Wednesday, March 14, 2018

Point of View: Finding Your Voice

I often see the comment from agents that they are looking for writers who have a “unique voice”. Therefore, simply develop an original voice. Right? But what exactly does that entail? First, we must decide who is telling the story. The point of view of the main character or characters has everything to do with voice. It’s not your personal voice but that of the character in your story.

For instance, this is one of the most important things in writing a successful young adult novel. It does not mean that you must write only from a first person point of view. However, teenage readers often respond well to a first person narrative. But voice has to do with choice of vocabulary and style as well. For instance, my YA novels, STACY’S SONG and THE DEVIL AND DANNA WEBSTER, are written in the first person from the main character’s point of view. Stacy has a sense of humor while Danna is sensitive and artistic. These things influence how they tell their stories. It often helps to read your writing out loud.

With traditional romance, there are generally two viewpoints that move from female to male, usually written in the third person. They need to be distinctive from each other even in third person POV.

 Mystery varies more. Often these days, the first person viewpoint is either the unreliable narrator who may not be telling the truth for a variety of reasons. Most common is the third person narration. This has the advantage of varying point of view with ease. But multiple viewpoints have one important disadvantage: they may cause the story to lose focus if mishandled.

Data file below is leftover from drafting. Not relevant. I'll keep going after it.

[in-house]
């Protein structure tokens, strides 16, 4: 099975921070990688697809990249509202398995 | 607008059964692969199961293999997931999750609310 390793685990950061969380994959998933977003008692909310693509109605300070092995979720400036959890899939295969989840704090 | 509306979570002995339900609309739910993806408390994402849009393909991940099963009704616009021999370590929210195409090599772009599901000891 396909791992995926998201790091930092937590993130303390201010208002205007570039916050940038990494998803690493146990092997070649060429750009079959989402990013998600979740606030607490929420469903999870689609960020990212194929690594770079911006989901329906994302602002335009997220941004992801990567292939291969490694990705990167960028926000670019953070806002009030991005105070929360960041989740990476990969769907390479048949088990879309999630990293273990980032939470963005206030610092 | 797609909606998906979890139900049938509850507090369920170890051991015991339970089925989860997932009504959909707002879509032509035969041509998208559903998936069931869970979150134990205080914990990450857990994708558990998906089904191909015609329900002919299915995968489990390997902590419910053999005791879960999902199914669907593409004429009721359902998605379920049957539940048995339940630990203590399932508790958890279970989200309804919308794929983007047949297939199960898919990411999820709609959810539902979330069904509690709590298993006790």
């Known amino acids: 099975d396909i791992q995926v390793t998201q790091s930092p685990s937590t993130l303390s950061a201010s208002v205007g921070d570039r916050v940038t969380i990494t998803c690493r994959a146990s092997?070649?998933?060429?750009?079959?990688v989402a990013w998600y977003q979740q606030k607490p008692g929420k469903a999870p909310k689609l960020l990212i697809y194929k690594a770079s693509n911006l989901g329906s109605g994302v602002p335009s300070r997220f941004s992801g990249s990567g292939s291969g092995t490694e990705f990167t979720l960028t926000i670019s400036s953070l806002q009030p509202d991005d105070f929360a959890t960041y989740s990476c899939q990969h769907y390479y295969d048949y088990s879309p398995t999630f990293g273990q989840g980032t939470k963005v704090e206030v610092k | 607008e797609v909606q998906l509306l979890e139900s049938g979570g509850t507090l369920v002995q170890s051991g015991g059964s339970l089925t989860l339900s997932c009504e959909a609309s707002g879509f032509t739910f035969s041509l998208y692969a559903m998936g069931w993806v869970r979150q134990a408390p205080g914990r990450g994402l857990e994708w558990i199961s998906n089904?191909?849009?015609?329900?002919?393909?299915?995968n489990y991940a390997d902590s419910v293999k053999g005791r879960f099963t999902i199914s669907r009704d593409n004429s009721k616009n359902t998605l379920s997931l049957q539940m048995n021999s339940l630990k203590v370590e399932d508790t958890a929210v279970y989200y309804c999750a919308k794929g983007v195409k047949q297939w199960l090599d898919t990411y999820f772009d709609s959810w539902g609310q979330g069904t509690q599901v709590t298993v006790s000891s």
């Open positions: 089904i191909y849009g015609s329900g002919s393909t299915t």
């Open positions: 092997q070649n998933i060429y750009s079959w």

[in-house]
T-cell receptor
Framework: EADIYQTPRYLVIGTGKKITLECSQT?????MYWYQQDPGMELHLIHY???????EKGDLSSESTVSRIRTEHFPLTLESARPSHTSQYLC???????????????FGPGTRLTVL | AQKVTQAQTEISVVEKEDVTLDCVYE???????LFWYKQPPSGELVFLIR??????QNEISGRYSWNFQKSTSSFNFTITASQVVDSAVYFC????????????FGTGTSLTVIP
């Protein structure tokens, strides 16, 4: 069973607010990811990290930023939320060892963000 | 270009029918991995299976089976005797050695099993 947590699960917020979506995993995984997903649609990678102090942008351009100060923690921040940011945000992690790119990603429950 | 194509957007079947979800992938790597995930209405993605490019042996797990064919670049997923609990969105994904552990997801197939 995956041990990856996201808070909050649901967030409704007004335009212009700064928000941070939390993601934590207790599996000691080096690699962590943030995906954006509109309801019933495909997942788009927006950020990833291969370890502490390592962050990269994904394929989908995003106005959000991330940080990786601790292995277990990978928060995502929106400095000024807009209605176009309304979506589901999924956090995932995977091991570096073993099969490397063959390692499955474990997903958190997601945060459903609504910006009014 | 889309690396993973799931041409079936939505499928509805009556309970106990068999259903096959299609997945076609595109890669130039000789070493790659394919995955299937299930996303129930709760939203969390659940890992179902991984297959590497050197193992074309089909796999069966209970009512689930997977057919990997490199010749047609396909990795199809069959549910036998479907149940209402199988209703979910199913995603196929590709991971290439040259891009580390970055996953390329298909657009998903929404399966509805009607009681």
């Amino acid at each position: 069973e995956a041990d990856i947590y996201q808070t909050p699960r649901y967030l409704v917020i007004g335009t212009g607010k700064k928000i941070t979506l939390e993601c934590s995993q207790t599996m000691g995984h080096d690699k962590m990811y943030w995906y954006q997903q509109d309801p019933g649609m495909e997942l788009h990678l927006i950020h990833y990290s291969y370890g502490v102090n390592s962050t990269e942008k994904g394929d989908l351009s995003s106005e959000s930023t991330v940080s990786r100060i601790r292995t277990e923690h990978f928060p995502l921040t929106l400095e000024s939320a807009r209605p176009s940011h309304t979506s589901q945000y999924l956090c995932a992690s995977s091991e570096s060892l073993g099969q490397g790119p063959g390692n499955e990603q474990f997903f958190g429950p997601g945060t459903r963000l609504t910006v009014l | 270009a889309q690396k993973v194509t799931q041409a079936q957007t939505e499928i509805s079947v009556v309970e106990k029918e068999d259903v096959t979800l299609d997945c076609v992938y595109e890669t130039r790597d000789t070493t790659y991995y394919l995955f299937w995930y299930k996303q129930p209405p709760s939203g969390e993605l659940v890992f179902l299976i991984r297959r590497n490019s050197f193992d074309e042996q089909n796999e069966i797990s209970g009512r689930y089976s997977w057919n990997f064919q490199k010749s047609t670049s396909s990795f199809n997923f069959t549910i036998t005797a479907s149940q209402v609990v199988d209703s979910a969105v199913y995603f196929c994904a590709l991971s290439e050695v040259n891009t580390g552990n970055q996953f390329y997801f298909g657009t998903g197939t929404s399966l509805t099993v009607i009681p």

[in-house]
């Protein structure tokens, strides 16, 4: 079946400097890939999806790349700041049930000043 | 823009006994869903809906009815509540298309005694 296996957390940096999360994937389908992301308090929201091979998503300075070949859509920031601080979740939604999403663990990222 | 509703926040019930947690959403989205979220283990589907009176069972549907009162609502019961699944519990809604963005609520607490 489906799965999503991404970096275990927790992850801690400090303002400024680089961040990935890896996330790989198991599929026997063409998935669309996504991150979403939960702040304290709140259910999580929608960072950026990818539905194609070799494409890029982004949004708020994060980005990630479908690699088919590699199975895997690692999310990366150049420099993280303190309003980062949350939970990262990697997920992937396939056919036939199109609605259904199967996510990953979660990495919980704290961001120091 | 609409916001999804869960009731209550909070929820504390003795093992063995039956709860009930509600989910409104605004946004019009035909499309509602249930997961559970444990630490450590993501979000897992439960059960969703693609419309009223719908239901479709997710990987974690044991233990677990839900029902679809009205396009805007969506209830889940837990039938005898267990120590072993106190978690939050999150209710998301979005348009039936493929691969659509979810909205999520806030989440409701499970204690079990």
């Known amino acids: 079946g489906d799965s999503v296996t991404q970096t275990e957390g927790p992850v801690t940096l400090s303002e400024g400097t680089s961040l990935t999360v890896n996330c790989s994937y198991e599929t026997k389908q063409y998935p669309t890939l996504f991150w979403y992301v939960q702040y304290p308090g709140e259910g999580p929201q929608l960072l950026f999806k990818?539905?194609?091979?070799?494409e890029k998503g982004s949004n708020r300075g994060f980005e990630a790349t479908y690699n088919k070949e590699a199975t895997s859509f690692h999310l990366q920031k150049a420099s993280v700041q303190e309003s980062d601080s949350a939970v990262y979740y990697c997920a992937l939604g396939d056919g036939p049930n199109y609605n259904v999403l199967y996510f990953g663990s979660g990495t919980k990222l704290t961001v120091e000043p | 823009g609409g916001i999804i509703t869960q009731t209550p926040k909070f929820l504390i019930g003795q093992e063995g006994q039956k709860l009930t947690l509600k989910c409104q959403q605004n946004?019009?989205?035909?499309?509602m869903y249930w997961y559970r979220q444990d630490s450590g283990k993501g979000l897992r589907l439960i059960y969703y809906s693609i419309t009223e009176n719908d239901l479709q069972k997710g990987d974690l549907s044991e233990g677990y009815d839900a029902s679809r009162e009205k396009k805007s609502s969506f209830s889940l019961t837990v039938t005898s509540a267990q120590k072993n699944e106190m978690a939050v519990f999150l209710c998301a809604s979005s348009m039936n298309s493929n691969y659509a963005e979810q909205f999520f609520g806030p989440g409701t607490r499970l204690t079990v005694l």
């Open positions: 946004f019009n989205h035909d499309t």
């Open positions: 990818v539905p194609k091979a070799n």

Sometimes authors have multiple first person POV while others will use multiple third person. But changing viewpoints too often can confuse readers causing them to reject the book. Readers need to respond with a sense of connection to at least one character. So that character must seem real and matter to the reader on some level. When the POV of a key character resonates with the reader, what happens to that character is something the reader wants and needs to know.

In the 19th century, omniscient narration was popular. The all-knowing third person narrator informed the reader. Occasionally, writers will still use second person narration as well, addressing the reader directly using “you” and “your”. We don’t see much of either one of these in modern writing.

Cross genre novels can be tricky. My latest, DEATH PROMISE, is a romantic suspense mystery thriller. The novel is mainly presented from the POV of the two main characters who balance each other. Did I manage it effectively? If you read the novel, let me know what you think. I’d love your input and feedback.


In regard to short story fiction, editors tend to prefer one POV. Multiple viewpoints don’t work well because of limited length. The short story works best with a single focus.

To sum up, POV has the reader see and hear things from the unique perspective of the characters in a story. That is why you always have to consider the style and vocabulary each narrator presents if you want to create the semblance of reality, verisimilitude, in your work.

Your thoughts and comments, as always, welcome here.